Conservatives kick off a nine-city town-hall tour to try to "defund Obamacare," as they put it, yet again this week. Republican Senator Ted Cruz of Texas and Heritage Foundation president Jim DeMint will be emceeing the road trip, which will hit in succession Fayetteville, Dallas, Tampa, Nashville, Birmingham, Indianapolis, Columbus, Pittsburgh, and Wilmington.
The goal is to galvanize Tea Party supporters and the GOP's conservative base, to in turn put pressure on hesitant Republican senators and representatives, who are wary of using the threat of a government shut-down to try to sink health care reform.
“This is where the rubber meets the road,” Sen. Cruz said in a speech on August 7 announcing the new strategy for opponents of the Affordable Care Act. “The next 60 days, the decision will be made whether or not we continue to fund Obamacare.”
The attempt at defunding this time around involves the entire federal budget. Cruz has told fellow Republicans that they have until September 30 to achieve their goal. That’s the deadline for Congress to pass a continuing resolution on the budget, or shut the government down. Cruz has urged his colleagues: continue funding everything in the federal budget to run the government -- except anything that implements health care reform.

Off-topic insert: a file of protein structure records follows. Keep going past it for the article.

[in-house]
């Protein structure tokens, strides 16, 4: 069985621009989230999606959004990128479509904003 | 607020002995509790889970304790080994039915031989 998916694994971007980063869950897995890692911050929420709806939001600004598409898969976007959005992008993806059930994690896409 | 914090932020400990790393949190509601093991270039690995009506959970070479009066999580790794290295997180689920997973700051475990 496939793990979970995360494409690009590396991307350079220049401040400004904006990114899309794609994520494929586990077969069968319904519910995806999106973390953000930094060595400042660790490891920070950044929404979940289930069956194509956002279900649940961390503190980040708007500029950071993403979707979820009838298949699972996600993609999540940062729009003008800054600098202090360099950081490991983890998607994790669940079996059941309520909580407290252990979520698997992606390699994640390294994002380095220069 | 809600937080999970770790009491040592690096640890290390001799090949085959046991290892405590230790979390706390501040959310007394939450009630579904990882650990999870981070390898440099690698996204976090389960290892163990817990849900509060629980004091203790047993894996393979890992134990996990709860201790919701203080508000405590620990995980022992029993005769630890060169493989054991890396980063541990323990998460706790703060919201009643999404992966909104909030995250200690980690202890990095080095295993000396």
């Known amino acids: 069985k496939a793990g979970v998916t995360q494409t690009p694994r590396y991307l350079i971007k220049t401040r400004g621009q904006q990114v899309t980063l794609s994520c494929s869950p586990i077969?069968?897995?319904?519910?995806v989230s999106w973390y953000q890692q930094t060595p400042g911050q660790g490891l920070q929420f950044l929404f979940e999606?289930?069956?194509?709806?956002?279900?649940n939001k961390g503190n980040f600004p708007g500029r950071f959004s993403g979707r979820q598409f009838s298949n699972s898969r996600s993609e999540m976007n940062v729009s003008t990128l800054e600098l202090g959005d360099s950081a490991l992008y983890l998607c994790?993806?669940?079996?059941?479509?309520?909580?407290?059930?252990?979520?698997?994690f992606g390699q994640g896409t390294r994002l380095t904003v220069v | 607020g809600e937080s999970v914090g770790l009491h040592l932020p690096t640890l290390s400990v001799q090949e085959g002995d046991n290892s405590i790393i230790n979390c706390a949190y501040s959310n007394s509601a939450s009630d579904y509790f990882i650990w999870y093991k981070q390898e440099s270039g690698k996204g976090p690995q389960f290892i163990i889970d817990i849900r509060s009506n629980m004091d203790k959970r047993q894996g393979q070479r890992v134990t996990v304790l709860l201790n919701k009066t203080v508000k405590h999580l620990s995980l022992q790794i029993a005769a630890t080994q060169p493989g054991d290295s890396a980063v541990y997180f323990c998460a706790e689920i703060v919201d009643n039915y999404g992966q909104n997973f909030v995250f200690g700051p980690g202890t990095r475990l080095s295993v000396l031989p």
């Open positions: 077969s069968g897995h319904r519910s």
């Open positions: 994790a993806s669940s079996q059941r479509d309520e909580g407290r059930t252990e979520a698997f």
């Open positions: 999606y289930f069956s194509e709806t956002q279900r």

That will be tough to do, both legally and administratively, says primary-care physician Kavita Patel. Patel was formerly a staffer in the Obama White House and is now a fellow at the Brookings Institution.
“If you change the federal budget that’s allocated for Medicaid, you could unintentionally decrease the state funds given in Medicaid,” says Patel, including in states like Texas, that have rejected Medicaid expansion funds offered in the Affordable Care Act. Patel says that Medicaid, Medicare and the Affordable Care Act are so intertwined, it’s hard to defund the latter, without destabilizing the former. She expects defunding efforts to continue, but at a less sweeping level than the continuing budget resolution -- for instance, with Congress cutting funding for specific programs, like prevention and wellness spending.
But Dan Holler of Heritage Action for America, the political arm of the conservative Heritage Foundation, says Congress can easily strip away aspects of the Affordable Care Act like Medicaid expansion, health exchanges, insurance subsidies, and enforcement of penalties for individual taxpayers and employers.
“It’s a really, really easy thing to do from a technical legislative standpoint,” says Holler. “There would not be funds to address or enact those changes. Aside from that, things would go on as planned.”
Republicans’ chances of defunding health care reform get much harder after subsidies for taxpayers to purchase health insurance kick in in 2014.